Anime expert Fred Patten checks out The Anime Encyclopedia: A Guide to Japanese Animation Since 1917, Revised and Expanded Edition to see if the authors have maintained its position as the go-to book for any questions on anime.
Sometimes you really enjoy a game that just captivates you, a game that sucks you in and involves you, a game that takes time and mastery to enjoy, like eating a good steak. But, let's be honest, as much as we like a good steak with mashed potatoes, grilled onions and mushrooms, it's great to just pick up a cheesesteak sandwich every once in a while.
No, you didn't take a wrong turn and end up on a cooking site and, yes, you are still reading an AWN article. What I'm saying is that although it's great to get into a game that completely immerses you, it's also good to get into a game that you can just pick up and go; a game that gives you action right from the start.
It doesn't necessarily have to be an action game, as long as there's lots of free control and you can pick up right where you left off. Let's take a look at a few pretty interesting games in this months edition of "Press Start!"
Resident Evil 4 for the Nintendo Wii; Publisher: Capcom; Developer: Capcom; Release Date: June 19, 2007; ESRB Rating: M for Mature; Genre: action; Players: 1; Support: 16:9 widescreen; Online: N/A
'Cause This is Thriller!
Who doesn't enjoy a good zombie game? Blasting up zombies until their heads explode has got to be one of the most fun things to do in a game. Not to mention that in most zombie games they move pretty slowly so you can take your time blowing off their limbs before you plant a nice happy shotgun shell in their cranium.
The Resident Evil series has always been about zombies and other such scary as hell monsters popping out of nowhere and scaring the shorts off of the player, and Resident Evil 4 for the Nintendo Wii will pretty much leave you shortless. RE4 is, of course, a remake of RE4 for the Nintendo GameCube, which came out in 2005. When RE4 was first released, it was labeled as the greatest and most entertaining Resident Evil ever and for good reason. The controls were totally recreated for the better and the player now had the ability to control the perspective and freely look in any direction. Now that it's out for the Wii and with the inclusion of the ability to aim more accurately with the Wii-mote the controls are damn near perfect.
Players control Leon Kennedy, a character that first appeared in Resident Evil 2. The president's daughter has been kidnapped and Leon is on the job to save her. Her trail leads Leon to a remote village in Europe where players will realize something and say, "Why aren't there any zombies in this game?" Sure, the villagers are alive and kicking, but that doesn't mean that they're happy.
Immediately, players will realize that the controls are extremely fluid and easy to manipulate. With the analog stick on the Wii nunchuck players control which direction Leon walks and faces. With the Wii-mote, players physically point at their screen to aim and fire their weapons. Aiming is very accurate with the motion sensitive Wii controller. A quick shake of the Wii-mote allows players to reload a weapon or give a quick knife stab to enemies that get too close.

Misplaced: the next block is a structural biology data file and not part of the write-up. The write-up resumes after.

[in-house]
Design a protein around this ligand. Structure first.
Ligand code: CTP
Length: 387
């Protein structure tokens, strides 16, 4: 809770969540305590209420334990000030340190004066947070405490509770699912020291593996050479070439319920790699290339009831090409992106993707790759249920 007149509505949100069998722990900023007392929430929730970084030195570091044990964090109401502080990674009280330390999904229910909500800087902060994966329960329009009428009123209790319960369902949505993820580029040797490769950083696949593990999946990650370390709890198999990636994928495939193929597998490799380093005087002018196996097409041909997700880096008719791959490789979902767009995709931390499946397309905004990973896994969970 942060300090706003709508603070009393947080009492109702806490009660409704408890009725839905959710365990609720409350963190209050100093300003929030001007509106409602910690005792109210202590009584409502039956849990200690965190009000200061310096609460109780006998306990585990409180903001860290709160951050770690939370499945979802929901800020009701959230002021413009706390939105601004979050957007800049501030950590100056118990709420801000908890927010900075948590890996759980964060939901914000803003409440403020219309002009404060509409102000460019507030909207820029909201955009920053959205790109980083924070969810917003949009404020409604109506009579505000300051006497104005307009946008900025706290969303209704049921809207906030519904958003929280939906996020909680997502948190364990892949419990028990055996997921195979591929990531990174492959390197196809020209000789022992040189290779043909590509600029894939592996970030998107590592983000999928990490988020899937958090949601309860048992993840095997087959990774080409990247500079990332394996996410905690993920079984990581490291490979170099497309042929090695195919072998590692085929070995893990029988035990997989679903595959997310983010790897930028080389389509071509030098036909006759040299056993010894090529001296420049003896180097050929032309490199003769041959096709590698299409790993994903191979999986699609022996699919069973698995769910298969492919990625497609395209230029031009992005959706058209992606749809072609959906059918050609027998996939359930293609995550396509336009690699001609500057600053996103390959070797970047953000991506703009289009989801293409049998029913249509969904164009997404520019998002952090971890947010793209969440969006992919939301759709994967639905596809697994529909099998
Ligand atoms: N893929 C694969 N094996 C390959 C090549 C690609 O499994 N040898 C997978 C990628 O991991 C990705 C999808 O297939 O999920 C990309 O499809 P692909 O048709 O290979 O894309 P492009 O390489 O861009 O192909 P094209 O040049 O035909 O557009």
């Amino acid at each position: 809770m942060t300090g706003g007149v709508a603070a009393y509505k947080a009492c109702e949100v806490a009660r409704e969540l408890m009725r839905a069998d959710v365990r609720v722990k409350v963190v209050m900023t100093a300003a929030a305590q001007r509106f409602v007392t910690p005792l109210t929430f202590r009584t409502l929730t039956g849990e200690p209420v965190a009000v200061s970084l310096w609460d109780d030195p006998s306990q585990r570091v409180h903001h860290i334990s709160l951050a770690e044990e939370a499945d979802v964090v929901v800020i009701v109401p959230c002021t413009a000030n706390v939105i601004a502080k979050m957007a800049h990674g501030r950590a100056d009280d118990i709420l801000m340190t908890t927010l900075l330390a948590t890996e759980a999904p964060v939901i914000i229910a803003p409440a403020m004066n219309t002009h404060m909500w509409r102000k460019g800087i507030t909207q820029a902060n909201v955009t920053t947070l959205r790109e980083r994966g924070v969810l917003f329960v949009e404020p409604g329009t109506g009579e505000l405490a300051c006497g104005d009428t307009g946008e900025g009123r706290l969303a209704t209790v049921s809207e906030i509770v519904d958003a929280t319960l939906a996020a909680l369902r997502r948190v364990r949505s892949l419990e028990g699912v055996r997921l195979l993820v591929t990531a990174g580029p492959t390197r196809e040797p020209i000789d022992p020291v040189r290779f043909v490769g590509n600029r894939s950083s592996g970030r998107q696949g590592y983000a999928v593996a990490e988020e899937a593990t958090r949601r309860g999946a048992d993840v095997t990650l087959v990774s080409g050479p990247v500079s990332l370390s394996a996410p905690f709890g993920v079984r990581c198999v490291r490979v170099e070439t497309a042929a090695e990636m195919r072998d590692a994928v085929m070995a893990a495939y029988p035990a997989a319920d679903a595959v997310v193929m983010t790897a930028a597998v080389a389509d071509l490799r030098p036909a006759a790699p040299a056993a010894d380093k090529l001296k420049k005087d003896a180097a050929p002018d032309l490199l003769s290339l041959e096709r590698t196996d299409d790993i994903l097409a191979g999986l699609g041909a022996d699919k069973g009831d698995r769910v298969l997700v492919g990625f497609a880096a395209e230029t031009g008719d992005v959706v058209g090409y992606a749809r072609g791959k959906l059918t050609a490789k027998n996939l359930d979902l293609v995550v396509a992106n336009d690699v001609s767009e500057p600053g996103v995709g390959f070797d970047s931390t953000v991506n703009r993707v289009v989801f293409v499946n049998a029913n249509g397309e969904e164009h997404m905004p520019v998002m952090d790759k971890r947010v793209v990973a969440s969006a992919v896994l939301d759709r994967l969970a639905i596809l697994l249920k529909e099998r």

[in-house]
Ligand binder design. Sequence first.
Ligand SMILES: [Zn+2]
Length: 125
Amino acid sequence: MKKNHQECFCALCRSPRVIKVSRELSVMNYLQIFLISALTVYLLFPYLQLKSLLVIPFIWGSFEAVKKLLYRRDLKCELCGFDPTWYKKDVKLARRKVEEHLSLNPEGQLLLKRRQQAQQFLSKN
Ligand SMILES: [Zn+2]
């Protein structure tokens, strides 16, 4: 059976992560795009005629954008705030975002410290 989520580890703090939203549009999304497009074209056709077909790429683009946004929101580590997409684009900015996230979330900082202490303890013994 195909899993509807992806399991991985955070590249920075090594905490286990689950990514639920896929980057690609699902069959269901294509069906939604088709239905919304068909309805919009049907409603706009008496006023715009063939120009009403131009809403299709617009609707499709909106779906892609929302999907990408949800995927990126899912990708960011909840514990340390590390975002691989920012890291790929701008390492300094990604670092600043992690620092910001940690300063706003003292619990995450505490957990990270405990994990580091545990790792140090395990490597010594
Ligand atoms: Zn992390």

There have really been no graphical improvements from the GameCube version, but that really isn't a bad thing seeing as the GameCube version was gorgeous. So, likewise, the Wii version is also gorgeous. The Wii version, however, now has the ability to display Resident Evil 4 in a full 16:9 aspect ratio for all you widescreen fans out there.
"Hold on a second there Pete. What about the weapons?" I thought you'd never ask. You start off with a pistol and a knife. Along the way you can either find new weapons or buy new weapons from a very odd merchant with an English accent. This guy looks pretty creepy and you might even mistake him for a bad guy at first, but, like any self-respecting street dealer, he carries his entire inventory inside his coat. Weapons like shotguns and rapid-fire machine guns can help you deliver the hurt and, for a small price, the merchant can upgrade any gun to decrease reload-time, increase ammo capacity and amplify damage.
Not to beat a dead horse or anything, but the controls are just something you have to play for yourself to really understand how good it feels. Nailing a headshot on an enemy has never been more satisfying, and slowing enemies down with a shot to the leg feels second nature. Lucky for Wii owners, Resident Evil 4 contains all the little extras that came with RE4 when it was re-released for the PlayStation 2, including the use of Ada Wong.
Although RE4 is scary, it somehow doesn't feel as scary as the GameCube version. It's the same game; it's just that the controls make it so much easier to dictate what's going on around you so you feel less helpless than when using analog sticks to struggle for a good shot. The added widescreen option also allows you to get a broader view of your surroundings making it harder for a baddie to sneak up on you. Considering how challenging the game is, these are all welcome additions and make the game even more worthwhile to pick up.
Monster Madness: Battle for Suburbia for the Xbox 360; Publisher: Southpeak Games; Developer: Immersion Software& Graphics / Artificial Studios; Release Date: June 12, 2007; ESRB Rating: T for Teen; Genre: action; Players: 1-4; Support: system link (2-16 players); Online: 2-16 player matches
Zombies Ate My Neigh... Wait a Minute?
Now this game is just pure fun. In the spirit of the 16-bit era where a little game called Zombies Ate My Neighbors was a must have for any Super Nintendo or Sega Genesis owner comes Monster Madness for the Xbox 360. Players take control of one of four playable characters and do some major monster bashing.
The story is simple; four teens team up to fight off the hoard of monsters that have just invaded their neighborhood. All of the social bases are covered here -- you got Zack the nerd, Andy the skater, Carrie the Goth chick and Jennifer the cheerleader chick. The only thing that's missing is the hip-hop, street savvy, urban youth, but I'm actually kinda glad they didn't go there. Each player plays the same, but each also has a set of specialty weapons that they wield better than any other character along with a signature super maneuver.
Just a Hint of Oldschool